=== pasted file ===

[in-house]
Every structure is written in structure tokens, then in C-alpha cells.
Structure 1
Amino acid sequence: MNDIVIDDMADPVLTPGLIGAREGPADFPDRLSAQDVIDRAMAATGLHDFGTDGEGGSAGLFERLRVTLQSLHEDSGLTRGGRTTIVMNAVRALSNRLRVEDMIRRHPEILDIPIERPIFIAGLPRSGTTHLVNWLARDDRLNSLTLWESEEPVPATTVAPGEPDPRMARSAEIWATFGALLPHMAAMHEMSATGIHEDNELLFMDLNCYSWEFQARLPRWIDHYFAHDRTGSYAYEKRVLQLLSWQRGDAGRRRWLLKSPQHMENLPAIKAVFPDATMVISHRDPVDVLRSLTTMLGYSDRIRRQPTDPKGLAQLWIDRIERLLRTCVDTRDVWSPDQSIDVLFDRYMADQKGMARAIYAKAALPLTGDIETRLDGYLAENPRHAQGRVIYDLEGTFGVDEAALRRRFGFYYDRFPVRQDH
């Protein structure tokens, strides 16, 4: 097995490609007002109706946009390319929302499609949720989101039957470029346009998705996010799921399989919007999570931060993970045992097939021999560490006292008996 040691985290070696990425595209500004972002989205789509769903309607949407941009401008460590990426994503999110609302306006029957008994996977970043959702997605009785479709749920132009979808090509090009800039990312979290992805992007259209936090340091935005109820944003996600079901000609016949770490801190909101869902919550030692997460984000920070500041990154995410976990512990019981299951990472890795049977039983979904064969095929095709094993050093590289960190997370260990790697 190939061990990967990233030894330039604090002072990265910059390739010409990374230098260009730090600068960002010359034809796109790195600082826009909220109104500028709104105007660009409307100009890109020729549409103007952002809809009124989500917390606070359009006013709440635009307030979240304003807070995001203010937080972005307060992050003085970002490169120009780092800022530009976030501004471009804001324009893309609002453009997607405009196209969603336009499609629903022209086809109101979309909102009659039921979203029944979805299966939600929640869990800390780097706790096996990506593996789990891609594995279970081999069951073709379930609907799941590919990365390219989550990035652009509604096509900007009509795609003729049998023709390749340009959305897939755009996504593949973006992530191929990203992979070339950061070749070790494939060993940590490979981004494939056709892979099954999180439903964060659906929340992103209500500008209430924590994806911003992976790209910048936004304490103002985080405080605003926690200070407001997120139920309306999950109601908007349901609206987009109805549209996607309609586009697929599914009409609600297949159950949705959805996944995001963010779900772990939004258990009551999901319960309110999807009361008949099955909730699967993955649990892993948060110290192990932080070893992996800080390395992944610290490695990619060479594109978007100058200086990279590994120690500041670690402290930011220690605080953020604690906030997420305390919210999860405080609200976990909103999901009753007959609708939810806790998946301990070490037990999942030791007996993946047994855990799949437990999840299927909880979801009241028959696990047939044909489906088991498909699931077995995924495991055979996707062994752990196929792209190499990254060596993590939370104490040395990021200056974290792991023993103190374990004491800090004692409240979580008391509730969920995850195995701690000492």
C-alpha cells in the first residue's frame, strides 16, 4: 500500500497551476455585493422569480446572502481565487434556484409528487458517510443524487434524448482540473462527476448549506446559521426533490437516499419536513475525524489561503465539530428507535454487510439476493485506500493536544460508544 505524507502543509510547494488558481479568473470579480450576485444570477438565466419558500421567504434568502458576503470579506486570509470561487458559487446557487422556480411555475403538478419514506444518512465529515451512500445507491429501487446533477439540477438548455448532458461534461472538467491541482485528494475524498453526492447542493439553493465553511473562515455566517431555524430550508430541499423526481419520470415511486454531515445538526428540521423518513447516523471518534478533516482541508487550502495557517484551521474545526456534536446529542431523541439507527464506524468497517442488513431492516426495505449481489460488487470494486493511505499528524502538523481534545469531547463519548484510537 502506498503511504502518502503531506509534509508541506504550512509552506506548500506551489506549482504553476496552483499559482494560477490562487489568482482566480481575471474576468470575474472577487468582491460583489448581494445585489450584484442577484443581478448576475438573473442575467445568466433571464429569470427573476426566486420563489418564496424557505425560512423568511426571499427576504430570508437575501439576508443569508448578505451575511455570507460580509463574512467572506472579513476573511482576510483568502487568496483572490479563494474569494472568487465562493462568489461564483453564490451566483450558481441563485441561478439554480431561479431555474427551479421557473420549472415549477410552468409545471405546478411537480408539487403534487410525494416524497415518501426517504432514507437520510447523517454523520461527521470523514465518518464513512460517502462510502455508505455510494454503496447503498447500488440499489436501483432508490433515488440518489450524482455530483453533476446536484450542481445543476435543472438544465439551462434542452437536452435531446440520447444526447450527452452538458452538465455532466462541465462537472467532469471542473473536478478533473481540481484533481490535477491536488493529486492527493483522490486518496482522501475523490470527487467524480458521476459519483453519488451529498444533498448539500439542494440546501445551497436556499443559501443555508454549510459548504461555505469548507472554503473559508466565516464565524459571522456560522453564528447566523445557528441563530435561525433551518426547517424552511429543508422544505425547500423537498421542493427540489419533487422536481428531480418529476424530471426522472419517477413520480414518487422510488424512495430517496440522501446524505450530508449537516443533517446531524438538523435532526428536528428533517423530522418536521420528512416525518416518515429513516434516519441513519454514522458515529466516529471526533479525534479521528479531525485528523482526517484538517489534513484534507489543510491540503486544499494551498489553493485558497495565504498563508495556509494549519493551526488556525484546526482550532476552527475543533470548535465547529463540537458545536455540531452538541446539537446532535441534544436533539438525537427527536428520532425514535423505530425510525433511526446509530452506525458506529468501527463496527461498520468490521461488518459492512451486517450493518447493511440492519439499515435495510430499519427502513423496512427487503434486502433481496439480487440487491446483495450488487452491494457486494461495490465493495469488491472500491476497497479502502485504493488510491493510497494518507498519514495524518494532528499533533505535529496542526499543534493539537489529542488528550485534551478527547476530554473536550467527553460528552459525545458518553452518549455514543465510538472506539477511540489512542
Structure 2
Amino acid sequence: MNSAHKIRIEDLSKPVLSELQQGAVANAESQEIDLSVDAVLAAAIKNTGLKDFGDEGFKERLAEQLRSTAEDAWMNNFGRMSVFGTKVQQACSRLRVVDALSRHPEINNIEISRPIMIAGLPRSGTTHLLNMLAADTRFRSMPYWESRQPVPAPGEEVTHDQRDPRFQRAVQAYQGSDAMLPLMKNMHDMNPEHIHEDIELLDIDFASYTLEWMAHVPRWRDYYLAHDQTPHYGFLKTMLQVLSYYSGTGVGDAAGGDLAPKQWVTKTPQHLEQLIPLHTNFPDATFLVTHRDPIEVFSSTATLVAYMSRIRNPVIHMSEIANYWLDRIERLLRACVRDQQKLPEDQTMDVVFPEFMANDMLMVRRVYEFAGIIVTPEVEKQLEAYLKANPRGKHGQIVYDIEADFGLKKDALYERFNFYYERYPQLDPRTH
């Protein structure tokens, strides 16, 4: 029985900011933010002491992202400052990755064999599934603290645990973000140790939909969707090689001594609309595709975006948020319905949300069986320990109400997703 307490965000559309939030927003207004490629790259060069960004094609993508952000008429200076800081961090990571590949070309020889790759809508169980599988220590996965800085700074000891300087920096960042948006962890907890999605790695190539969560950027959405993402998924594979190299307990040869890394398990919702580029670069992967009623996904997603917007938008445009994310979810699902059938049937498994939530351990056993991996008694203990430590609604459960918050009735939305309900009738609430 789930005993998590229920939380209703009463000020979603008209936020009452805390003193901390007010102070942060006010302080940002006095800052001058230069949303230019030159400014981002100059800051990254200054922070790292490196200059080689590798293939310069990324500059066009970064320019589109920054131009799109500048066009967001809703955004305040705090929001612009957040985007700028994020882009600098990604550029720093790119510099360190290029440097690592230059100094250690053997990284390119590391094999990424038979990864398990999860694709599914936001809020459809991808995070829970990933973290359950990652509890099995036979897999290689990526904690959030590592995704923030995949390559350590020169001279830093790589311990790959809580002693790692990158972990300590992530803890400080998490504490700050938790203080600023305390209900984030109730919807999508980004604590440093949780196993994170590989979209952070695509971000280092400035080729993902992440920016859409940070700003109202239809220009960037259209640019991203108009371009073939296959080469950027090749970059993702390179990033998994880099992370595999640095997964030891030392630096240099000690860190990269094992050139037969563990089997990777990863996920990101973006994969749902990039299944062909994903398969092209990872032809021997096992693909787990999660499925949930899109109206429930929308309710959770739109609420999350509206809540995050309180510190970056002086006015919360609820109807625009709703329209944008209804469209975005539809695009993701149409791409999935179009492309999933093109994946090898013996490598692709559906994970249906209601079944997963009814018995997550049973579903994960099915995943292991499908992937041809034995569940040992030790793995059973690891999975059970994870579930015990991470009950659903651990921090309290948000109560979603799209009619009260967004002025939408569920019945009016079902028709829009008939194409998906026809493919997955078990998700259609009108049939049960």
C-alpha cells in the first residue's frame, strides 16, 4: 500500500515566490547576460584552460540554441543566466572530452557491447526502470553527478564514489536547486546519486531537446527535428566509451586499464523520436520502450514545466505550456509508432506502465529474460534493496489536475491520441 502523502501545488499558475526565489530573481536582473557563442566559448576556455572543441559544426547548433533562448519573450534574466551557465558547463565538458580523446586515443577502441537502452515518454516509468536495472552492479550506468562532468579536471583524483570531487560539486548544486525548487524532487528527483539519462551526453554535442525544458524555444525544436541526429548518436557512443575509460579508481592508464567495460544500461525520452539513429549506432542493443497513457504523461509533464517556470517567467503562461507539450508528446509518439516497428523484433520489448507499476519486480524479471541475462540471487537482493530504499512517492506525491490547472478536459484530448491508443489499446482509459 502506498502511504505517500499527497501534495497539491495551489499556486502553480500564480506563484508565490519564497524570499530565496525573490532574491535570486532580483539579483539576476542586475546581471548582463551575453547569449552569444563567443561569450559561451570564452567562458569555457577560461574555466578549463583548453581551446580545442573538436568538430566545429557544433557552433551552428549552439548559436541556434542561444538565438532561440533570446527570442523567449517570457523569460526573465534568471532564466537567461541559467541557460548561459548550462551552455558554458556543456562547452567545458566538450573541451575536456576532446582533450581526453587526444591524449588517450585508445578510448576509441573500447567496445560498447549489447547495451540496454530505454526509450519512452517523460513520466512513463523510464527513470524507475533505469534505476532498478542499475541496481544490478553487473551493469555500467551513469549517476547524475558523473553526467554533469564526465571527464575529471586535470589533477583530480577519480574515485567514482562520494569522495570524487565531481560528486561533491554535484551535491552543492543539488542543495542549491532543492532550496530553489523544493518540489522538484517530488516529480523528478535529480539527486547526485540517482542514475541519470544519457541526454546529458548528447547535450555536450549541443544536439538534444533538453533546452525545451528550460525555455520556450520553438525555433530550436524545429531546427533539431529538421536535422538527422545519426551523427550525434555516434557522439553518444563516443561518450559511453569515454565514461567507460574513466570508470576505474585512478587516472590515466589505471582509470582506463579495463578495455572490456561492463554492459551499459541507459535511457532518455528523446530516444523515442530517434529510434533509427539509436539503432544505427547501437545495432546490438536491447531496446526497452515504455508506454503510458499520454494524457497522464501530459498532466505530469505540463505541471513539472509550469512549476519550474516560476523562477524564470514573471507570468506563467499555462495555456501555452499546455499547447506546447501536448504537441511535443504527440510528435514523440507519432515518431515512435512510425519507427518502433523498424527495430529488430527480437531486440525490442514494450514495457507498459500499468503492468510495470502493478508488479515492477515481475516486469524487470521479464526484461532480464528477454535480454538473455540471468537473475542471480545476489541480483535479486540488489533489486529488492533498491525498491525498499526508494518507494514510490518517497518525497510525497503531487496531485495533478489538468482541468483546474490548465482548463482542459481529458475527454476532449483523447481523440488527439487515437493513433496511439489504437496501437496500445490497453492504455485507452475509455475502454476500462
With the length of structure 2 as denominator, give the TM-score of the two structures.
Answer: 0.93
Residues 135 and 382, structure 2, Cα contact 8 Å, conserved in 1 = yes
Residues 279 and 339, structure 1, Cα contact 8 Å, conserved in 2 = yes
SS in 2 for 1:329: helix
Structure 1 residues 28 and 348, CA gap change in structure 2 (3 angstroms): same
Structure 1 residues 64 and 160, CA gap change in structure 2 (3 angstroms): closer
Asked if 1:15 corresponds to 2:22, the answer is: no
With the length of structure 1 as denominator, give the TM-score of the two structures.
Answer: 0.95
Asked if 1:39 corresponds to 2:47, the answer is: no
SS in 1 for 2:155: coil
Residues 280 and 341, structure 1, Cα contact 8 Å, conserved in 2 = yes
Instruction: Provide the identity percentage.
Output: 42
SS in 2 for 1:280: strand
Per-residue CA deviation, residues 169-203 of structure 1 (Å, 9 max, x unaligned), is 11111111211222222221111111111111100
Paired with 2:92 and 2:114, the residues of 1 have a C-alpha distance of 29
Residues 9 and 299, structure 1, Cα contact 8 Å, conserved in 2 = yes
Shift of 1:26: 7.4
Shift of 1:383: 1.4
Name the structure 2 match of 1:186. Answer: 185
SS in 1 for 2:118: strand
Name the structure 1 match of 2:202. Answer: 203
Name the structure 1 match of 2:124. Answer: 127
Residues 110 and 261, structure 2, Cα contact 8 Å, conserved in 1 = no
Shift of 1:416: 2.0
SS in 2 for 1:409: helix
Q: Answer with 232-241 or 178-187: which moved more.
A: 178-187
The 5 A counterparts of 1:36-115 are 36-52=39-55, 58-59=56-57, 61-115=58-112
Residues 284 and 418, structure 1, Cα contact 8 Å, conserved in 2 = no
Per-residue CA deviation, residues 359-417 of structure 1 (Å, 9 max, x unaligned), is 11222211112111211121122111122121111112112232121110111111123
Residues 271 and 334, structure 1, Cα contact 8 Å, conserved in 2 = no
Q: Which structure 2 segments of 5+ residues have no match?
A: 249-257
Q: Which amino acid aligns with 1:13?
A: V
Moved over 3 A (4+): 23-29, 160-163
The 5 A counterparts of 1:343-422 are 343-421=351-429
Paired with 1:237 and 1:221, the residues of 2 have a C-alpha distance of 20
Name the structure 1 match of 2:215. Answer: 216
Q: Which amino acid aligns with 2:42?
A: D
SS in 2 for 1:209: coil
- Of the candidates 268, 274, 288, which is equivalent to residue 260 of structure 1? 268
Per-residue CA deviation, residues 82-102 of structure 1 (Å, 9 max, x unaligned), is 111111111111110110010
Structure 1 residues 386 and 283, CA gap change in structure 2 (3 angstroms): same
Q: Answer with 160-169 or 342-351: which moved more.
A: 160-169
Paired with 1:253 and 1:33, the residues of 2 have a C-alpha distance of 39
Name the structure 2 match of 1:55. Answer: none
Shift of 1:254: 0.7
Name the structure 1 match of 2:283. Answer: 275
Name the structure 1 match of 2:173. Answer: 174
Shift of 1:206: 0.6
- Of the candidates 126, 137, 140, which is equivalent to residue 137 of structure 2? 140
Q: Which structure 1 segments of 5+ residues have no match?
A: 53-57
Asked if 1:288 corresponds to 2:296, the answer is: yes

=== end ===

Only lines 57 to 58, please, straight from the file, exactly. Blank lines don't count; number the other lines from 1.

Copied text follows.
Per-residue CA deviation, residues 82-102 of structure 1 (Å, 9 max, x unaligned), is 111111111111110110010
Structure 1 residues 386 and 283, CA gap change in structure 2 (3 angstroms): same